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Family Ordered To Fix SWAT Shootout Damage

ALBUQUERQUE, N.M. — A South Valley family has been given 30 days to repair extensive damage done to their home during a standoff and shootout between the Albuquerque Police Department SWAT team and 20-year-old Santiago Chavez.

Police fired bullets and tear gas canisters during the June 20 standoff, which they say ended when Chavez fatally shot himself.

The Safe City Strike Force and the city’s Criminal Nuisance Abatement Unit sent a letter dated the following day to Chavez’s grandmother, who owns the home in the 400 block of 67th SW.

It said she needed to replace the windows and doors, have the power reconnected and repair damage to stucco on the exterior of the home by July 21 or the city would file a lien against the property.

Attorney Kari Morrissey inspects the home Thursday where a 15-hour SWAT standoff took place on June 20.

A city lawyer told the Journal late Thursday that it is possible the city would reimburse the family for repairs.

An inspection of the home this week revealed all three doors had been pulled off and replaced with boards, every window was broken out, dozens of large holes appeared on the interior and exterior walls, and the home still reeked of tear gas.

A large red notice was pasted to the side of the home saying: “Substandard building. Do not enter. Unsafe to occupy.”

“The citizens of this community deserve some more respect from their civil servants than to destroy a home like this and then in addition to that, give the homeowners 30 days to clean it up without being able to enter,” said attorney Kari Morrissey, who has been retained by Chavez’s family. “As usual, (APD’s) behavior seems to be unreasonable and at times certainly disrespectful. This family lost their son. He was a young man. And for APD to now put them in such an impossible position of cleaning up this property just isn’t right.”

Even entering the home to begin repairs would be impossible because of the overwhelming presence of tear gas inside, Morrissey said during a tour of the home Thursday.

Common practice?

Joe Martinez, director of the Safe City Strike Force, said it is “common practice” for the city to require property owners to pay for damage caused by the SWAT team.

Assistant City Attorney Greg Wheeler called the Journal several hours later to say Martinez had “misunderstood” a reporter’s question. He said he could only remember two such instances and said the “idea that we pile on” is untrue.

Joe Martinez, director of the Safe City Strike Force, said it is “common practice” for the city to require property owners to pay for damages done by the APD SWAT team. A city attorney said that’s not accurate.

In the case of the home on 67th, Martinez and Wheeler said, the city was simply trying to “secure the property” by boarding up the doors and windows, posting the residence substandard and issuing the letter to Chavez’s grandmother.

Moreover, the city’s Risk Management division could reimburse the family for repairs to damage caused by the SWAT team, Wheeler said. That is “also common practice,” he said.

Martinez arrived at the residence Thursday morning while Morrissey and a Journal reporter and photographer were touring the property and told Morrissey that Deputy City Attorney Kathy Levy, who represents APD, had offered to give Morrissey access to the home.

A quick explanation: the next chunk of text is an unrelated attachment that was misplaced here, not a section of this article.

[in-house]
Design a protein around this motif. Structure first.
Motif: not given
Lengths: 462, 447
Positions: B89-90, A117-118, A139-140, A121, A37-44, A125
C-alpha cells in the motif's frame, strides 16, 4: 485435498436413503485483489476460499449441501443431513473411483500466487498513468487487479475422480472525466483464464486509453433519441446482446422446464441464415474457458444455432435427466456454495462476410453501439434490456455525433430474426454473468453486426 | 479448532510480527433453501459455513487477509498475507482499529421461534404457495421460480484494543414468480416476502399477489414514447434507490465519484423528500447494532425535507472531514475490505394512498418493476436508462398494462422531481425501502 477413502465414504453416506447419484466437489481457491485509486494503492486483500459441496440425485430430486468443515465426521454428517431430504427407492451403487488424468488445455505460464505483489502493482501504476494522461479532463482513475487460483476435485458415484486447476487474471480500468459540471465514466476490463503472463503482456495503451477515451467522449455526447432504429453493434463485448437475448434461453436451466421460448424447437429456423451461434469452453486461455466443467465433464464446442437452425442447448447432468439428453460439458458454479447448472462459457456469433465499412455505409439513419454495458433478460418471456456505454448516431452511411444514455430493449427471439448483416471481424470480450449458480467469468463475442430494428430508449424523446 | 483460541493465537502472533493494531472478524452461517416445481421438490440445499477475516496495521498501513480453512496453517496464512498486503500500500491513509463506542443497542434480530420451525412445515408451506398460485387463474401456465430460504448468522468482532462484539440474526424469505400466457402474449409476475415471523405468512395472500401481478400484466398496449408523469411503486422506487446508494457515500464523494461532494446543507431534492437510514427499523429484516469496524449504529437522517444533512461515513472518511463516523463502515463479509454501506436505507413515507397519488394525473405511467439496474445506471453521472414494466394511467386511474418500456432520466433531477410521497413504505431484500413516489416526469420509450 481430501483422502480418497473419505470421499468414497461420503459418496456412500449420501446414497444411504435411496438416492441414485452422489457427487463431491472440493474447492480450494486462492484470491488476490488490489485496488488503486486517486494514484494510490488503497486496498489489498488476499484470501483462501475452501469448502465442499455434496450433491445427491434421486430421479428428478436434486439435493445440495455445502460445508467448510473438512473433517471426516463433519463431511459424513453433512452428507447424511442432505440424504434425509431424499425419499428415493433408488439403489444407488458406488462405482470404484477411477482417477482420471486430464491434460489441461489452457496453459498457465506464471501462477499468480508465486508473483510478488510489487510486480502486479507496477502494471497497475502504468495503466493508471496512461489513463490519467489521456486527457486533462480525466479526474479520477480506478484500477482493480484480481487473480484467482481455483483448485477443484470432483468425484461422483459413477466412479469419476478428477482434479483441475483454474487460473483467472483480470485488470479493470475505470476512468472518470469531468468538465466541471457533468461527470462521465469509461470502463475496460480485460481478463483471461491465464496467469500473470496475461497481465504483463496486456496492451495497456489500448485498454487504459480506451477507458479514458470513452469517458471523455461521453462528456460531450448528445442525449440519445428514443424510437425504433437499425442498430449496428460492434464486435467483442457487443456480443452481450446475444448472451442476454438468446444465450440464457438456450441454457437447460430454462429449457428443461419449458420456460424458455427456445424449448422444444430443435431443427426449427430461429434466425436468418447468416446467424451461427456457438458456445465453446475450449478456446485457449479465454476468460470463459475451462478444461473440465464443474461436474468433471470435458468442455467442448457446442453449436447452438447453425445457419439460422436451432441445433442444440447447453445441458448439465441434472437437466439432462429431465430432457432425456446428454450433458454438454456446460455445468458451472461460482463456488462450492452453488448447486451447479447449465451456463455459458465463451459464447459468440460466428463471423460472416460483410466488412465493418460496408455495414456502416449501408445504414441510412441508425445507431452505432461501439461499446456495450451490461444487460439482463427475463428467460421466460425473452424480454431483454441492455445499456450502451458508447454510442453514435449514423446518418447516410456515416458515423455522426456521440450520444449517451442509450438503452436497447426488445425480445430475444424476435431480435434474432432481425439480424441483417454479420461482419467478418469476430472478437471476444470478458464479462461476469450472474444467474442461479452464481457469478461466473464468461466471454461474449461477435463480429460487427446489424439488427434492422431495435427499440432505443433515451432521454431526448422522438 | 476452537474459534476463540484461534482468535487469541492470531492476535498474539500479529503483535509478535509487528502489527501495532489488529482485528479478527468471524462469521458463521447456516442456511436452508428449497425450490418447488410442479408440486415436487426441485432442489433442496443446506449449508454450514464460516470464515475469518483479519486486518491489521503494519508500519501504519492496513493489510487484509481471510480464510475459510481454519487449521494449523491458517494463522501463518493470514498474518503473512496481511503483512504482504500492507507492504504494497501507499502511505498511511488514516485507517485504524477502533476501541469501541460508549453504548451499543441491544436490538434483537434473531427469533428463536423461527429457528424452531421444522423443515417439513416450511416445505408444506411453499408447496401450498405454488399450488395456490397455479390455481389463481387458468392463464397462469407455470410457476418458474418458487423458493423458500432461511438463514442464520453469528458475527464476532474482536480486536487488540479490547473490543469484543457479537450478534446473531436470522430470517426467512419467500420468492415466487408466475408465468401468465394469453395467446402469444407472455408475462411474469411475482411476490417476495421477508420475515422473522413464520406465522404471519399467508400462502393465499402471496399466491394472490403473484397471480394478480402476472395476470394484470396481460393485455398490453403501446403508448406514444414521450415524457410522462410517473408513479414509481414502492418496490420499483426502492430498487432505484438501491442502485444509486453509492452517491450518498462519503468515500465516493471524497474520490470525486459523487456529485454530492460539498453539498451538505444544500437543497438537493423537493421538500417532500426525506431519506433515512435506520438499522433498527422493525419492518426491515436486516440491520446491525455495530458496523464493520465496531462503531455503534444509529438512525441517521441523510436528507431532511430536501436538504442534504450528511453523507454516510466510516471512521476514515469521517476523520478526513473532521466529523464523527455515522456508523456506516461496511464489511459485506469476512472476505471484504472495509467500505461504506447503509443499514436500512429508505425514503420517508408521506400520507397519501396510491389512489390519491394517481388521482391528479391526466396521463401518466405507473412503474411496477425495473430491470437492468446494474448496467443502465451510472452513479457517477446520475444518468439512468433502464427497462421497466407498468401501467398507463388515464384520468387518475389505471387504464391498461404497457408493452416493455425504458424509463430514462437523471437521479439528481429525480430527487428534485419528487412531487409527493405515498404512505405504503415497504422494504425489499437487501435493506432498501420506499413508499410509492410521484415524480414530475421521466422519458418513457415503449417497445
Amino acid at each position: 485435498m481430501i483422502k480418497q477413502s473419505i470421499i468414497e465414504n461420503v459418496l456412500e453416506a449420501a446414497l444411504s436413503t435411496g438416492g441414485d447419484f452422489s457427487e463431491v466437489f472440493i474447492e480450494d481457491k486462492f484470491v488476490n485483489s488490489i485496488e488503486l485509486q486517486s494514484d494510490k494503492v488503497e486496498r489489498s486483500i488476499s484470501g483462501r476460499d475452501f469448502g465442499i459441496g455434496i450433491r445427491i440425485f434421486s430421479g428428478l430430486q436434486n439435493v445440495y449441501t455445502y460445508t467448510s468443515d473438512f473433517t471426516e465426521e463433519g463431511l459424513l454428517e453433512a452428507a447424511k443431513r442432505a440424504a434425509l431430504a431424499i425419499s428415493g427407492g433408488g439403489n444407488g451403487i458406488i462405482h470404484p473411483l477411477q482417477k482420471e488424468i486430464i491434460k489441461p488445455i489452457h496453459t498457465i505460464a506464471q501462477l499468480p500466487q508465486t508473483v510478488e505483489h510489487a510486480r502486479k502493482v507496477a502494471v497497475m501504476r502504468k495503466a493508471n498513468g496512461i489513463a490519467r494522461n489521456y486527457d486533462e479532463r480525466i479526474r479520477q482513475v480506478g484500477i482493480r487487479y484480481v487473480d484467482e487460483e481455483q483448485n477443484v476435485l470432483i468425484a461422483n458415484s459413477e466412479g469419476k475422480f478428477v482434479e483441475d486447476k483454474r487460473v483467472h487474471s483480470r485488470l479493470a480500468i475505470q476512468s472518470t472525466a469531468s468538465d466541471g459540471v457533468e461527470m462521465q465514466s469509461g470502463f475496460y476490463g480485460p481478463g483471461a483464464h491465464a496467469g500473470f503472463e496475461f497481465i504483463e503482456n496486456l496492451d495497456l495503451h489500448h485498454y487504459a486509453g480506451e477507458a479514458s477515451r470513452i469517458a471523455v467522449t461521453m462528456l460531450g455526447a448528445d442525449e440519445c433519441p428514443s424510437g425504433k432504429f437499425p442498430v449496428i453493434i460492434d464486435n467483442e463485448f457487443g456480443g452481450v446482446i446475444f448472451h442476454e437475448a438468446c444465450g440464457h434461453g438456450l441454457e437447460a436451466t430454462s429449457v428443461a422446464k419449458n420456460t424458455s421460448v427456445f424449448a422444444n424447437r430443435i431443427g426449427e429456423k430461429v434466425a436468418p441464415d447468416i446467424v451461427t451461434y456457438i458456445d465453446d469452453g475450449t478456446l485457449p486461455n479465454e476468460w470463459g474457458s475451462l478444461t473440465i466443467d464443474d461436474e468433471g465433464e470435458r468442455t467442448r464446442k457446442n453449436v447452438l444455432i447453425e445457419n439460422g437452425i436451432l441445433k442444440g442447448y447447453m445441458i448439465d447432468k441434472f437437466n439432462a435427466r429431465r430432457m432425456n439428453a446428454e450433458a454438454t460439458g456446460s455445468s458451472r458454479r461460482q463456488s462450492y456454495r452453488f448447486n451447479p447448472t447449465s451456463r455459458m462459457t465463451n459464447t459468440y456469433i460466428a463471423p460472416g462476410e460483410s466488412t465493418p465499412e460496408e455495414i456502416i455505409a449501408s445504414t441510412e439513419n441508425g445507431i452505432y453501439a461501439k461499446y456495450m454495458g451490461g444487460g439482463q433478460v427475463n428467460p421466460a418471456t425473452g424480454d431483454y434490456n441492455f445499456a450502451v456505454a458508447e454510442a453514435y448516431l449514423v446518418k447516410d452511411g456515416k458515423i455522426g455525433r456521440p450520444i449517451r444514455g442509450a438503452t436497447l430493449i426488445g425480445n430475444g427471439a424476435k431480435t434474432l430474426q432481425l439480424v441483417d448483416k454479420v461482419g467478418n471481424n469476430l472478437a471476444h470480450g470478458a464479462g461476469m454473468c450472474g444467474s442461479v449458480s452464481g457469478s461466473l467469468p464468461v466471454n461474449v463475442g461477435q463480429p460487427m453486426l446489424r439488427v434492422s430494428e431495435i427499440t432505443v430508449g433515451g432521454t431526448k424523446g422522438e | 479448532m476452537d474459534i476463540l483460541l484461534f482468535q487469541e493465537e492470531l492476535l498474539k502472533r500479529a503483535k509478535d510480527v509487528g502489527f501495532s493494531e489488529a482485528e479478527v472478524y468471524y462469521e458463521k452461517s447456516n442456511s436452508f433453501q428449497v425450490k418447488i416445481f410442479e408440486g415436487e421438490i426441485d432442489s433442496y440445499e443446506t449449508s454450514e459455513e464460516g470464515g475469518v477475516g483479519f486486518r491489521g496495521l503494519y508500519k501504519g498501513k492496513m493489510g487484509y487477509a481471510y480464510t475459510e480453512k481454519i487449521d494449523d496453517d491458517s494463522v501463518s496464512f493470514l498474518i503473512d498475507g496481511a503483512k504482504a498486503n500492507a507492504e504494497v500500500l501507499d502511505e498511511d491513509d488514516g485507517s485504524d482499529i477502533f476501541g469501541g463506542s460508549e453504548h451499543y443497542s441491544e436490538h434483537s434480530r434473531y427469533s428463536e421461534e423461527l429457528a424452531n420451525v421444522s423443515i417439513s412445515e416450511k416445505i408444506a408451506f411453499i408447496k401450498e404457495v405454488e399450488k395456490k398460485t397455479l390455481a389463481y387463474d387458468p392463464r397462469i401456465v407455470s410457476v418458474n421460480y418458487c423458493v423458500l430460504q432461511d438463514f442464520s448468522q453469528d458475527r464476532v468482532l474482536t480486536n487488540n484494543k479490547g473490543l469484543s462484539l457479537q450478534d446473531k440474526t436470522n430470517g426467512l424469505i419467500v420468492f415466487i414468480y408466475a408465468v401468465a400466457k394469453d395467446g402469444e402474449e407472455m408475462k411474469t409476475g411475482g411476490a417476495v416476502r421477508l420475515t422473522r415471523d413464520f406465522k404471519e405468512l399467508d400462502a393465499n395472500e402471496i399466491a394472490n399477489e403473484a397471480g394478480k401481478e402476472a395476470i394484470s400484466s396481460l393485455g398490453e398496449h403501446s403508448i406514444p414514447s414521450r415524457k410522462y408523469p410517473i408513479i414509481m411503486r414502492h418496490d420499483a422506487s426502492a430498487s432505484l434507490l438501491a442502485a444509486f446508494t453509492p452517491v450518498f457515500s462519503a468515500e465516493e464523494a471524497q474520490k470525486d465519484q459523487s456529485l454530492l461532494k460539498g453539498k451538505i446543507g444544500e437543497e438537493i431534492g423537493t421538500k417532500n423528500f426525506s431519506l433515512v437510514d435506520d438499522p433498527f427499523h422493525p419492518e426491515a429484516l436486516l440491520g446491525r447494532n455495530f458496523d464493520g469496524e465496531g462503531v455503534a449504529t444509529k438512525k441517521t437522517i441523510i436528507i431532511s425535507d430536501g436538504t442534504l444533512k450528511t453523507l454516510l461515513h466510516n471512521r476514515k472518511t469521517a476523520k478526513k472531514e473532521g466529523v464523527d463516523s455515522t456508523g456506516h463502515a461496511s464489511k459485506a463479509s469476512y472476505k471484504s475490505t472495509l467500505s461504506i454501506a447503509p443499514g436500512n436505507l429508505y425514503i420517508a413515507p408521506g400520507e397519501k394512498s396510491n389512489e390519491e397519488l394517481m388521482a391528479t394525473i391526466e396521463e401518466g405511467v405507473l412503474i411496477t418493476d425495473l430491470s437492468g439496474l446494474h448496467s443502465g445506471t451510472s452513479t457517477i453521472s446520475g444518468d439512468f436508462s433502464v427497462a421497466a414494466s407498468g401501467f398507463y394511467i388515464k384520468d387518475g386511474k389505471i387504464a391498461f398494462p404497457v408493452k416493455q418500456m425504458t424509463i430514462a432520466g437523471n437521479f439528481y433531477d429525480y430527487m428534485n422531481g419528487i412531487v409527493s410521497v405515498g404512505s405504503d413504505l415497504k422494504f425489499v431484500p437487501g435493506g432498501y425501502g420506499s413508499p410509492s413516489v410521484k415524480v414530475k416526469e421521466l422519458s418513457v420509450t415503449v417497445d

Morrissey said she doesn’t know yet whether Chavez’s family has any legal recourse against the city because there are many unanswered questions about the SWAT call and its aftermath.

For example, APD did not disclose that SWAT officer Drew Bader had exchanged gunfire with Chavez during the incident until the week after, when the Journal asked about the exchange.

Chavez fired at least one shot at officers, Police Chief Ray Schultz said, and Bader shot eight rounds in return.

Chavez fired his gun as many as four more times during the standoff, the chief said, although it is unclear whether he was shooting at officers. No one was hit during the exchange of gunfire, but police say Chavez ultimately shot and killed himself.

Schultz said APD didn’t volunteer the information about the gunfire because “no one asked.”

Incident unfolds

Police initially came to the home around 9 a.m. after someone called 911 to say Chavez had kicked over a trash can, thrown a rock at a car and was seen near the home with a gun.

Police had been to the home twice before in the two weeks prior to the standoff, according to APD documents: once for a disturbance and once for a report of gunshots. Both calls involved Chavez.

The chief said SWAT officers began approaching the home around 5:30 p.m. on June 20 because Chavez, who was inside alone, was refusing attempts at crisis negotiation. He said the SWAT team decided to use tear gas after the exchange of gunfire because Chavez no longer posed a threat to officers or neighbors.

Morrissey said the amount of gas APD put in the house was “over the top” and was “not something someone would have an easy time surviving in and of itself.”

She said she is waiting for toxicology and autopsy reports from the Office of the Medical Investigator to determine whether to proceed with legal action.

“Obviously, we’re trying to figure out exactly what happened to Santiago Chavez,” she said. “That’s not easy when you’re dealing with APD. The fact that they didn’t tell the whole story up front certainly leads to some trust issues we’re dealing with now.”

— This article appeared on page A1 of the Albuquerque Journal

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